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Chelation refers to a type of bonding of ions and molecules to metal ions. The process describes a chemical reaction in which certain molecules bind to metal atoms, such as arsenic, calcium, copper, iron, lead, or mercury.

Chelating drugs bind with metals so that they can be excreted from the body. Such drugs are commonly used in conventional medicine to treat iron overdoses, lead poisoning, and other heavy metal poisonings. Practitioners of chelation therapy believe that many disorders are the result of excessive metal in the body even when the patient was not exposed to the metal and blood tests do not show high levels of metal. For that reason, chelation therapists may treat several disorders with chelating drugs.

Thus, while chelation therapy is used in conventional medicine for the treatment of metal poisoning, it is also used as an alternative treatment option for other conditions, such as heart disease, Alzheimer's disease, autism, multiple sclerosis, and other health problems.

In chelation therapy, a chelating agent is introduced into the body through an intravenous drip or oral pill. After entering the bloodstream, the chelating agent binds to certain molecules, such as metals or minerals, taking them with it after urination removes them from the body.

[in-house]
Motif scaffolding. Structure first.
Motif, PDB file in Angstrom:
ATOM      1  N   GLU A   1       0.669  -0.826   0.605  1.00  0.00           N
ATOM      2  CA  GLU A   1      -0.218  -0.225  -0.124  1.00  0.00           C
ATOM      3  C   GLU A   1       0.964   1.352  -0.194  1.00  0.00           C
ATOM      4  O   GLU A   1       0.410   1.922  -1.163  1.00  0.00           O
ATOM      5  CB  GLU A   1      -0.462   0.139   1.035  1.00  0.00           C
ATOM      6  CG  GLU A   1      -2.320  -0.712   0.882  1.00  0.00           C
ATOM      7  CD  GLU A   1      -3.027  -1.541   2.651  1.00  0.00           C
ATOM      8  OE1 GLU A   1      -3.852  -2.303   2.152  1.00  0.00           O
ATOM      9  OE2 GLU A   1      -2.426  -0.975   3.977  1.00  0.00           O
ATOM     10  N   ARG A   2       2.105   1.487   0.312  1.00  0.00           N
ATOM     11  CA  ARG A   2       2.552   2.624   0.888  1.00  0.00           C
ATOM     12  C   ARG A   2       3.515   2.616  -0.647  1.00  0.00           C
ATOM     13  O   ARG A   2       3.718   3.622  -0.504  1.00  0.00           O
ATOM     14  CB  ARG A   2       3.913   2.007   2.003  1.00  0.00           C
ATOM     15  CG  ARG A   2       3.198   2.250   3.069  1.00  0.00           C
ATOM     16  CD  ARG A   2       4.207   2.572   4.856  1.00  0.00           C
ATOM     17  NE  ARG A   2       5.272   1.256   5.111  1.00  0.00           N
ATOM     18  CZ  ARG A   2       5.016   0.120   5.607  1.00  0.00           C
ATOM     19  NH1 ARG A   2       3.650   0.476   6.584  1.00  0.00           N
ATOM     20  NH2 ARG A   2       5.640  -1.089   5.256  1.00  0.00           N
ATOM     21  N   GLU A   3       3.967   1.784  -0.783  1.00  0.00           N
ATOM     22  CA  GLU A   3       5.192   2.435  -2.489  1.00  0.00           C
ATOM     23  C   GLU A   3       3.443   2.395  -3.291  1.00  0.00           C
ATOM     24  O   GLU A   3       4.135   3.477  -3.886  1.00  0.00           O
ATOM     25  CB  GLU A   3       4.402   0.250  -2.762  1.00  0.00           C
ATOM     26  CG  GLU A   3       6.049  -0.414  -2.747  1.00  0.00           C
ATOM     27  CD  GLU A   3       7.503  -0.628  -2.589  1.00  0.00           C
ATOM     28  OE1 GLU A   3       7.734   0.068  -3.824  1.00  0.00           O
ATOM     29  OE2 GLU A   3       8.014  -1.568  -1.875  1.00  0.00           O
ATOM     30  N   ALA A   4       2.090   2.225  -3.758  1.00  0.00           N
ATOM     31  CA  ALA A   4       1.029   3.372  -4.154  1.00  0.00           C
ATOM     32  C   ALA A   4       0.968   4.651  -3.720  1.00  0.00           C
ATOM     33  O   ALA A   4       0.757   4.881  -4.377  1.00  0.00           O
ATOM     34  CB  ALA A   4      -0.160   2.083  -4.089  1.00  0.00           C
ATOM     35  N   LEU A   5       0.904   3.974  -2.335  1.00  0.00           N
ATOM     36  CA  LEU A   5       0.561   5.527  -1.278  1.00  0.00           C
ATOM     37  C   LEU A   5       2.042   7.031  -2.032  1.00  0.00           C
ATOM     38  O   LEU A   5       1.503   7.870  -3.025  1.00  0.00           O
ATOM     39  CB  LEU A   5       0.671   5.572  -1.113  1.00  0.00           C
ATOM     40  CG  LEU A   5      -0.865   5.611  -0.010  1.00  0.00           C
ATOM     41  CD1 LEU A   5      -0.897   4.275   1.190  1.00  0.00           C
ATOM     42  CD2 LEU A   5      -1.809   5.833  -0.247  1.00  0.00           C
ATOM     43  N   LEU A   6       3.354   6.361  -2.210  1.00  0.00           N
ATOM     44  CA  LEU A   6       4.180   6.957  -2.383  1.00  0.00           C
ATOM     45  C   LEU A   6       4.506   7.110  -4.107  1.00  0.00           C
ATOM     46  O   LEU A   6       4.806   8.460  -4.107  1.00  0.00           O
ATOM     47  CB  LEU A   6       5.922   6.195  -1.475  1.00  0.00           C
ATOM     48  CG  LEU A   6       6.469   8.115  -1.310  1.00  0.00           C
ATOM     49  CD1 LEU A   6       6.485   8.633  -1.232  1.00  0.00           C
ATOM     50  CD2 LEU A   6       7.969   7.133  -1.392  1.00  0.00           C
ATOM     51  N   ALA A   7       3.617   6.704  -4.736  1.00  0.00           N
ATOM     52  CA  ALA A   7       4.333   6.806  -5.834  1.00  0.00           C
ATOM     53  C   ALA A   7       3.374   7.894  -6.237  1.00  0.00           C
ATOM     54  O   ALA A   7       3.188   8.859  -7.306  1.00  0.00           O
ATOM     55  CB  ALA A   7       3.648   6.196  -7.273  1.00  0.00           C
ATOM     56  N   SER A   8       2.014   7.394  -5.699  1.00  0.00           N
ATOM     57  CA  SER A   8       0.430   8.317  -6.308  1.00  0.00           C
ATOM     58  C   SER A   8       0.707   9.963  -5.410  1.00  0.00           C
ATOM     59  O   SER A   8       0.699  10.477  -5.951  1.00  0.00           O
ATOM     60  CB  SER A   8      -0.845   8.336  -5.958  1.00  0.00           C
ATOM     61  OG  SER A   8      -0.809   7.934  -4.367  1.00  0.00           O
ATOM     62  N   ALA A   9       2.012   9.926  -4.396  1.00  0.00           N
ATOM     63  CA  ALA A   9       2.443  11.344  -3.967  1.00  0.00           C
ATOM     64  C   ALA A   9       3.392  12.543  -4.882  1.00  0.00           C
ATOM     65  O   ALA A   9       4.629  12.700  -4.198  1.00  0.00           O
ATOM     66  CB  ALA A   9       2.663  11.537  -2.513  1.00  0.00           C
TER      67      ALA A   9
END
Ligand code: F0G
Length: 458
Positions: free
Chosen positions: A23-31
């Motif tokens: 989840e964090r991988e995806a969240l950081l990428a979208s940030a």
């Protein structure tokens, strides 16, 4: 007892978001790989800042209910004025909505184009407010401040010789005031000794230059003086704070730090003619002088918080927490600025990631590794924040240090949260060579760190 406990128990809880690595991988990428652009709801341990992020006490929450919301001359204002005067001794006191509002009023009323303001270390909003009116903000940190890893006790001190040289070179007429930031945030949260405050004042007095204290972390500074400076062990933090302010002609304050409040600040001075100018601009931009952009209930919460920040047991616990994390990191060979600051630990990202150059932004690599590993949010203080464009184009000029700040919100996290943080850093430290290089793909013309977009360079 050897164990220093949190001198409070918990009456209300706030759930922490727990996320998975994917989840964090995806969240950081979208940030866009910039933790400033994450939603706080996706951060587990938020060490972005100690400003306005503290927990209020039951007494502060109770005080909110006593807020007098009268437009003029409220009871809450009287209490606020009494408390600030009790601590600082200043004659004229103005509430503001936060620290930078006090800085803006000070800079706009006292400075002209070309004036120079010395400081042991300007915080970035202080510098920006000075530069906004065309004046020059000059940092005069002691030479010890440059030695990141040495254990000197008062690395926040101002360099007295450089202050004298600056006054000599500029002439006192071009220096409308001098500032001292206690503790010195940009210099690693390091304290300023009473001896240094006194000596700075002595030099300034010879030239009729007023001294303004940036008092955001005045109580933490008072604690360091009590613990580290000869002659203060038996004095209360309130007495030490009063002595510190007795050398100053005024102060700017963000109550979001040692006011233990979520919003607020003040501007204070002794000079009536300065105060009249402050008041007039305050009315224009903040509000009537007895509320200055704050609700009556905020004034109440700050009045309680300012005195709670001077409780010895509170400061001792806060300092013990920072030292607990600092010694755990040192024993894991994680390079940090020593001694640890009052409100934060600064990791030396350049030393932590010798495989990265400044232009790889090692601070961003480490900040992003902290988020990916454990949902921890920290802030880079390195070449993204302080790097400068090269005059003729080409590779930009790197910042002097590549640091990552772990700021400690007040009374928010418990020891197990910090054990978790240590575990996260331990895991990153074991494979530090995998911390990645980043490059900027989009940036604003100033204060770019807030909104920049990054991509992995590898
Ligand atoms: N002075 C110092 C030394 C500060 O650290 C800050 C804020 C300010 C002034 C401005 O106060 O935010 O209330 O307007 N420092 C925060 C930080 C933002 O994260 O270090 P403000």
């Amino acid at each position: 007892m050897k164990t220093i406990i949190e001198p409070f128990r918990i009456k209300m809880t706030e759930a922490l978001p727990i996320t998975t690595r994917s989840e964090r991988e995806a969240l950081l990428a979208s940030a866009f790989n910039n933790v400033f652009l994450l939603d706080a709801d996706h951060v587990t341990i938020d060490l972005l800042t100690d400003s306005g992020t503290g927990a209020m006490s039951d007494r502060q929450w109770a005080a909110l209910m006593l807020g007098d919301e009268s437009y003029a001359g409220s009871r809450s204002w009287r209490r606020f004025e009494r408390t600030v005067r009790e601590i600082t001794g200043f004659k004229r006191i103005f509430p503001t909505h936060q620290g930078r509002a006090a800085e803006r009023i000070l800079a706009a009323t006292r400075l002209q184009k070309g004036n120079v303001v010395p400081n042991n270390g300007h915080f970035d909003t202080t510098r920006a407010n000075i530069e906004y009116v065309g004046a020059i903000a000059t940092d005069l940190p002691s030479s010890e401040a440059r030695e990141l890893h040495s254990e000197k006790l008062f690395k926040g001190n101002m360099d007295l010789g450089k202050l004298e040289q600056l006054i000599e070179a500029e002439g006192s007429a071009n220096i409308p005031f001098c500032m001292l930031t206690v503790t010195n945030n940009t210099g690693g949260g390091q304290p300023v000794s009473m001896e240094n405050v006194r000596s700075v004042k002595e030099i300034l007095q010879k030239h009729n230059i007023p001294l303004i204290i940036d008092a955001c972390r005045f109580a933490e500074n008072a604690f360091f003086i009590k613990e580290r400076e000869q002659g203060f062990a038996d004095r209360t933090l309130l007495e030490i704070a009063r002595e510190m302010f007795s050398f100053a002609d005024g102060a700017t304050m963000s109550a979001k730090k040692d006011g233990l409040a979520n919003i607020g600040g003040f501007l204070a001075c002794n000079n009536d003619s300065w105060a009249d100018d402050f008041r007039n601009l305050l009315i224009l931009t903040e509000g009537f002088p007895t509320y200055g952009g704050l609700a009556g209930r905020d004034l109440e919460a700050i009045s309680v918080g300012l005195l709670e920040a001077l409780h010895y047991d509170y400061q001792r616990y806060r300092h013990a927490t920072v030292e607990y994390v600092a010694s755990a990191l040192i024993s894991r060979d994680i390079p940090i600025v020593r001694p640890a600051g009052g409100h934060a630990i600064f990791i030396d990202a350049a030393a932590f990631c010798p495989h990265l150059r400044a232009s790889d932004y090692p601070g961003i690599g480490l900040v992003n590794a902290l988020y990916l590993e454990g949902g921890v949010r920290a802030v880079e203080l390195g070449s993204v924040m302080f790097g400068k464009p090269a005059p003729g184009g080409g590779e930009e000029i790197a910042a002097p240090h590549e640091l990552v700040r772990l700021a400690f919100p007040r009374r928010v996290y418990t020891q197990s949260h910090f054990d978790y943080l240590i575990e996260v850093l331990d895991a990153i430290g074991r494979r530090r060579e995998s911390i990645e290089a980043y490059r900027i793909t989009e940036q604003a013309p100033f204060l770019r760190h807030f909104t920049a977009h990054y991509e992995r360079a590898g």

Common chelating agents include EDTA (diamine tetra-acetic acid), which is used to remove calcium, copper, iron, and lead from the blood, as well as Dimercaprol (arsenic, copper, gold, mercury), Succimer (arsenic, cadmium, lead, mercury), Deferoxamine (copper, zinc), Penicillamine (copper), and Deferasirox (copper, lead, zinc).

Although the FDA has only approved prescription chelation therapy for metal poisoning, it is used for the treatment of other ailments in alternative medicine. However, chelation therapy for uses other than metal toxicity is not taught in conventional medical schools, and practitioners who use it for other purposes are known as naturopathic, or alternative medical, practitioners.

Side effects that have been attributed to chelation therapy are most common when high doses are used, and may include abdominal pain, diarrhea, fatigue, flu-like symptoms, gastrointestinal disorders, headaches, high blood pressure, low blood pressure, seizures, vomiting, and weight loss. In some cases, the therapy can trigger more serious side effects, including dehydration and kidney damage.



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